skywatchers report

Welcome to the University of Texas Skywatchers Report for Monday April 13th through Sunday April 19th.

The new moon for the month of April is on Saturday the 18th, so we'll have a waning crescent moon in the pre-dawn skies for most of this week.

Mercury is still emerging from conjunction and is setting just half an hour after the sun.

Mars is a little above Mercury and is setting at 9:10 p.m. and is now hard to pick out in the evening twilight.

Venus is up in the west at sundown and is setting at 11:10 p.m. this week. Look for the Hyades open cluster to the left of Venus and the Pleiades open cluster to the lower right of Venus this week.

Jupiter is nearly overhead as the sky darkens after sunset this week and is setting at 3:40 a.m.

Saturn continues to make its way into our early evening skies and is rising in the east-southeast at 10:45 p.m. this week.

Public viewing at the 16-inch reflector on top of Robert Lee Moore Hall is on Wednesday nights currently from 8:30 to 10:30 p.m. RLM is located on the southeast corner of Dean Keeton and Speedway. Take the elevator to the 17th floor and follow the signs to the telescope.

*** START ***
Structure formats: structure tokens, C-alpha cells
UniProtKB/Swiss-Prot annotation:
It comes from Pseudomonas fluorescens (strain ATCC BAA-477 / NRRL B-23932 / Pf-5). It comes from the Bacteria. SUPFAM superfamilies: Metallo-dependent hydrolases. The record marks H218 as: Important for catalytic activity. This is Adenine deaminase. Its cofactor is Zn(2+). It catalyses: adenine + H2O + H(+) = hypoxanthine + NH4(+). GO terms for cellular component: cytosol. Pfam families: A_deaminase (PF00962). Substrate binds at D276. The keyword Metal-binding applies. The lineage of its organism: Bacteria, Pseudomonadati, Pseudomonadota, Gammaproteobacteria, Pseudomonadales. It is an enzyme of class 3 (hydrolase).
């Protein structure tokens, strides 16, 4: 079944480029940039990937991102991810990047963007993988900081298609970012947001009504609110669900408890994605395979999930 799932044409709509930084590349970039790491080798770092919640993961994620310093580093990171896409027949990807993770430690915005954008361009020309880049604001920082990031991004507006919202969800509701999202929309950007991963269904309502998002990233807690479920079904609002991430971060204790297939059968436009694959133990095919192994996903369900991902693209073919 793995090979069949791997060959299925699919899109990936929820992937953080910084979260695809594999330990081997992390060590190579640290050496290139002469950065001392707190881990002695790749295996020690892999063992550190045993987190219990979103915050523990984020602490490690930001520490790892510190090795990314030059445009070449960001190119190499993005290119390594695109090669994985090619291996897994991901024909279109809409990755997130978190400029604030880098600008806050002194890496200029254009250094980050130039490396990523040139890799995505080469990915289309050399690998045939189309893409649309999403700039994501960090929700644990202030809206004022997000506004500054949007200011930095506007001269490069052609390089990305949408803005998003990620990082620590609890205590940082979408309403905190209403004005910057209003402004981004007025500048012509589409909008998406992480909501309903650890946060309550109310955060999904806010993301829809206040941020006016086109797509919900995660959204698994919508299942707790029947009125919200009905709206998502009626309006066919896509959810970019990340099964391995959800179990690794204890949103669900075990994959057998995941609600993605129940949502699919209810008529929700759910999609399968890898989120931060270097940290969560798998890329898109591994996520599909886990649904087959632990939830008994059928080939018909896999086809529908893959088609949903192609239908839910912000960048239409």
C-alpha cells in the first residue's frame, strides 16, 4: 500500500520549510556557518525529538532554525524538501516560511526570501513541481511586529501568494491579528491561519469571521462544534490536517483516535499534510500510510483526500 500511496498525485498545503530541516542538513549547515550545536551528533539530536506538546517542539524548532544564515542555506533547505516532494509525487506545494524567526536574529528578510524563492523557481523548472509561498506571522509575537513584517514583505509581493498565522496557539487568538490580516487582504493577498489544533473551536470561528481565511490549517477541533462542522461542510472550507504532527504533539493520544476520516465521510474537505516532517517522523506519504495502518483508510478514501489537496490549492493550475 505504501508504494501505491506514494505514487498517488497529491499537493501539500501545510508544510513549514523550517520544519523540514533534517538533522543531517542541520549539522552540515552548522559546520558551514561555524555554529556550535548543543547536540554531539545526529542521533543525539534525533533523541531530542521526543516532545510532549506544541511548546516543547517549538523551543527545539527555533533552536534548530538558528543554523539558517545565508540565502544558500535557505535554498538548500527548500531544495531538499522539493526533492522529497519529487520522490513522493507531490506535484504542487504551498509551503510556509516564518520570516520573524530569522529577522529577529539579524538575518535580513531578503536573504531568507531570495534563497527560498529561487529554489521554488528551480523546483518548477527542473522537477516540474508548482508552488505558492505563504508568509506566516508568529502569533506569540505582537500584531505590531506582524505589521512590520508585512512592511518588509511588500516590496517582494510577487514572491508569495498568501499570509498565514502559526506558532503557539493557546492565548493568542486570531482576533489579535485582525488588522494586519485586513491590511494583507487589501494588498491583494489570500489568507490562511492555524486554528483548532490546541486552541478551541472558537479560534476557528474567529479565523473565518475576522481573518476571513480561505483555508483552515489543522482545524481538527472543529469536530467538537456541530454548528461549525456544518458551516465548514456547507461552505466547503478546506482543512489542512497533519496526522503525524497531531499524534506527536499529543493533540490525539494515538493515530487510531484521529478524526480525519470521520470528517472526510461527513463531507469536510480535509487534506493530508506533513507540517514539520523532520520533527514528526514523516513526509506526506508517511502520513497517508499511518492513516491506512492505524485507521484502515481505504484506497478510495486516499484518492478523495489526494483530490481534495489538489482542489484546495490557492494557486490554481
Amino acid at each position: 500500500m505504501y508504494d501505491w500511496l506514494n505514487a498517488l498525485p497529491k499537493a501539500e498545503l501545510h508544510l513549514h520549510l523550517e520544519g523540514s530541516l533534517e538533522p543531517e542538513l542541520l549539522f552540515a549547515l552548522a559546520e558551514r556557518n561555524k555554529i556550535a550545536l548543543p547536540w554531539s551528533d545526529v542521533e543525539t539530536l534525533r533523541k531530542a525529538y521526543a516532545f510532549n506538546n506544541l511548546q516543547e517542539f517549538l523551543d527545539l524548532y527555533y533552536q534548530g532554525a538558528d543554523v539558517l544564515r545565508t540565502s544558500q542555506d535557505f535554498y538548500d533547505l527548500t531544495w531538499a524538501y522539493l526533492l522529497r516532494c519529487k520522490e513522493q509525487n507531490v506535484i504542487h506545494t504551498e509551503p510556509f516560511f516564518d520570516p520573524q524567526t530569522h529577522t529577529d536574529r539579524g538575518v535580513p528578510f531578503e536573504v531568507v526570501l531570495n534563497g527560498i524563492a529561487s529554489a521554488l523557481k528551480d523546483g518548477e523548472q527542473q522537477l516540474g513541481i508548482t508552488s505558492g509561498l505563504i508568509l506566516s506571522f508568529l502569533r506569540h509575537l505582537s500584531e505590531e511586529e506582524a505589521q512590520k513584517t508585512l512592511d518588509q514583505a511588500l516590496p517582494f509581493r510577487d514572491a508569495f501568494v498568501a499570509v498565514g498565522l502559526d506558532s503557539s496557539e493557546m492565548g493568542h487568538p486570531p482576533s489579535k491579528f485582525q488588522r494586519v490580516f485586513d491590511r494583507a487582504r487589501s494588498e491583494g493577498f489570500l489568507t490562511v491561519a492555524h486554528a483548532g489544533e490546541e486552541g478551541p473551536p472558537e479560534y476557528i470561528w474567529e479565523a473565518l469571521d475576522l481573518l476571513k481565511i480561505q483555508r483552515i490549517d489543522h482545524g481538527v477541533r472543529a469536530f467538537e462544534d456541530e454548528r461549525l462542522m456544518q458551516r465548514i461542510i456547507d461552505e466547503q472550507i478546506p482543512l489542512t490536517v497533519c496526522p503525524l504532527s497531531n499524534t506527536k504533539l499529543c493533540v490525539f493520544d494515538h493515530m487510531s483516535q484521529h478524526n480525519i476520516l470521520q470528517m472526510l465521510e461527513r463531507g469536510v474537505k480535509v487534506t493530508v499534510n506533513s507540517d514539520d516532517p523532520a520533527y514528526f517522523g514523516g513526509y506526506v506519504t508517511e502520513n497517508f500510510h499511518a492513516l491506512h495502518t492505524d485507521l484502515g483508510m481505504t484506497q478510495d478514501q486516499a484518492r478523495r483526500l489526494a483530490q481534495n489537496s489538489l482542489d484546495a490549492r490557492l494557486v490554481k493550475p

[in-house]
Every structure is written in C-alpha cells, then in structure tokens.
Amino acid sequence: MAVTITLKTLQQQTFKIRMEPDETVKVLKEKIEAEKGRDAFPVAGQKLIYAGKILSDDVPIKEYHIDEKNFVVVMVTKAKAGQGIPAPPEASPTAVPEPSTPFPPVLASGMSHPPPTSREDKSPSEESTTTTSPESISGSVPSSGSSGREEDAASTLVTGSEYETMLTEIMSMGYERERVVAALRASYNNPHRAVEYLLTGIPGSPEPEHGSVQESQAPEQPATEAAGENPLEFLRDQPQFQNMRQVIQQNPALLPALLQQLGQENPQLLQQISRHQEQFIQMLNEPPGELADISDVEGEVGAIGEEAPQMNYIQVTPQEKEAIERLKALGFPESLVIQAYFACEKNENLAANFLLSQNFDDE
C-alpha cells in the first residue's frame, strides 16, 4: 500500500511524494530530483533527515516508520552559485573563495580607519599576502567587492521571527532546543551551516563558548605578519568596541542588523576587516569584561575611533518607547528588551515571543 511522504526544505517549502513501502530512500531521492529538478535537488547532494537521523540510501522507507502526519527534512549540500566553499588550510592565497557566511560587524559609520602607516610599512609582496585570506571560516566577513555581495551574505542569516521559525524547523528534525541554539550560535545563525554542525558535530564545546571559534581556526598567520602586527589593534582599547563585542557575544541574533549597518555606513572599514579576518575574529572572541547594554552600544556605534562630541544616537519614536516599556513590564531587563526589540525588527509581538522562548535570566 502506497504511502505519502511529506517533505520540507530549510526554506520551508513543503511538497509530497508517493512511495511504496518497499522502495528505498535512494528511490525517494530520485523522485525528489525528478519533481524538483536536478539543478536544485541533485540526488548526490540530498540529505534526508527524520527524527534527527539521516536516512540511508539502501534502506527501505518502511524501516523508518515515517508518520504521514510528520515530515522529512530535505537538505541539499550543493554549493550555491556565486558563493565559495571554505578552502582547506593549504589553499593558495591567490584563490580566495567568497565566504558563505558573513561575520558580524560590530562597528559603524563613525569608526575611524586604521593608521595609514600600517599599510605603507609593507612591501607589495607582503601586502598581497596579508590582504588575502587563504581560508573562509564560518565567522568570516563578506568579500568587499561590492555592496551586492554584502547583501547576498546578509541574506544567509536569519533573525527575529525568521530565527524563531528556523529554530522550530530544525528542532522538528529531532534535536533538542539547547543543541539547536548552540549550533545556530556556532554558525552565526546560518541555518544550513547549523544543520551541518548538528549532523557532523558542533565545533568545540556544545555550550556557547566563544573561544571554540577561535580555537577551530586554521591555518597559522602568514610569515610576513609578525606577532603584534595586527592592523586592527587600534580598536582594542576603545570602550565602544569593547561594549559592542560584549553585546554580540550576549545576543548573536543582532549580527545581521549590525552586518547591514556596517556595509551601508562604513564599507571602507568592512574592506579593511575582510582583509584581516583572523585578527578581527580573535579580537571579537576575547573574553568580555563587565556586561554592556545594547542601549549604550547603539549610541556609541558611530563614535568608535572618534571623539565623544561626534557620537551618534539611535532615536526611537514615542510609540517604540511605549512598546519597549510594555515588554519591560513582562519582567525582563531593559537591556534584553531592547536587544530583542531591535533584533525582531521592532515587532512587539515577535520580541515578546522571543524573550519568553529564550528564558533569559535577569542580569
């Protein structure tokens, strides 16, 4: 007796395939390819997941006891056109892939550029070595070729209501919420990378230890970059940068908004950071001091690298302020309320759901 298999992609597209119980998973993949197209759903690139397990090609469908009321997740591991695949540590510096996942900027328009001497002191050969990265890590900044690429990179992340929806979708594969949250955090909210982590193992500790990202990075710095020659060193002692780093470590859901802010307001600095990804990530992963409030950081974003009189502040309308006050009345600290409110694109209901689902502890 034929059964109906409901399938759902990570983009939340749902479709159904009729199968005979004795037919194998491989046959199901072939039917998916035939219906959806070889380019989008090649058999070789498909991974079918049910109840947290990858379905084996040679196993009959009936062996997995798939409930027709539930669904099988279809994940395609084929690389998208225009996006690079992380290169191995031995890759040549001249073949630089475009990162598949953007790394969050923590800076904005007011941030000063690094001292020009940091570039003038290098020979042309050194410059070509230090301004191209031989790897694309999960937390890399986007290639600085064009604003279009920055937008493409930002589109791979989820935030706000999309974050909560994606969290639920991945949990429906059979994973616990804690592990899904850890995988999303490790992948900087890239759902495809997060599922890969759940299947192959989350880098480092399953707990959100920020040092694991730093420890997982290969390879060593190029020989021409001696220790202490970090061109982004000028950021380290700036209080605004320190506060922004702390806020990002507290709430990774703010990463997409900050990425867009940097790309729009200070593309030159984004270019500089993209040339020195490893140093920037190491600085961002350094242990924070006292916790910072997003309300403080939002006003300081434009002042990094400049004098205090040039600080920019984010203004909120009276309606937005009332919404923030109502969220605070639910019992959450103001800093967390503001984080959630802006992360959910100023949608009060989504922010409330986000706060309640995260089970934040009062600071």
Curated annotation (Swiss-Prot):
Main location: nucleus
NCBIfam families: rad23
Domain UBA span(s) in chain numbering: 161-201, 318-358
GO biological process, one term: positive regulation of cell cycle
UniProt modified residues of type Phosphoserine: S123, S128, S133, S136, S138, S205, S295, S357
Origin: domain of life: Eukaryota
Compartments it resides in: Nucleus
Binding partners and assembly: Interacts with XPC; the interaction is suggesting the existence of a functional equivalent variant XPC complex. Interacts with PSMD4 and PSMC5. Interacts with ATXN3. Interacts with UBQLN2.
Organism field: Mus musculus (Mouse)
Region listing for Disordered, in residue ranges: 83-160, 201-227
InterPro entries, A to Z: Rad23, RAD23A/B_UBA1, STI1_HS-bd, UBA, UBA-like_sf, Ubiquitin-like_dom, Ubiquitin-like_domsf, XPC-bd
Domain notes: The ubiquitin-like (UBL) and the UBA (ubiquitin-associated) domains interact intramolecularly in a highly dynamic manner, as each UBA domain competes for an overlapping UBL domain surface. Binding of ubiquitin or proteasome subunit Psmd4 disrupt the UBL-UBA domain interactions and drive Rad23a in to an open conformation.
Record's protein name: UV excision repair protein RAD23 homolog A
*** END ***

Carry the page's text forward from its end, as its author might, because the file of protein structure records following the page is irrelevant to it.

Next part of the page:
Public viewing at the 9 inch refractor at Painter Hall is on Friday and Saturday nights currently from 8:30 to 10:30 p.m. Painter Hall is located on 24th street about halfway between Speedway and Guadalupe and is northeast of the UT Tower. To get to the telescope, take the elevator to the 5th floor and exit to the left. Follow the 5th floor hallway to the end and take the staircase through the double doors on the left. Once you reach the 6th floor, go to your right and follow the signs up to the telescope.

All events are free and open to all ages and no reservations are required. Note that viewing times and availability change throughout the year so please check the schedule before planning a visit. Observing events are weather permitting. Please call 512-232-4265 for weather cancellation information, which is updated 30 to 45 minutes before the scheduled viewing start time.

Thank you for calling the University of Texas Skywatchers Report.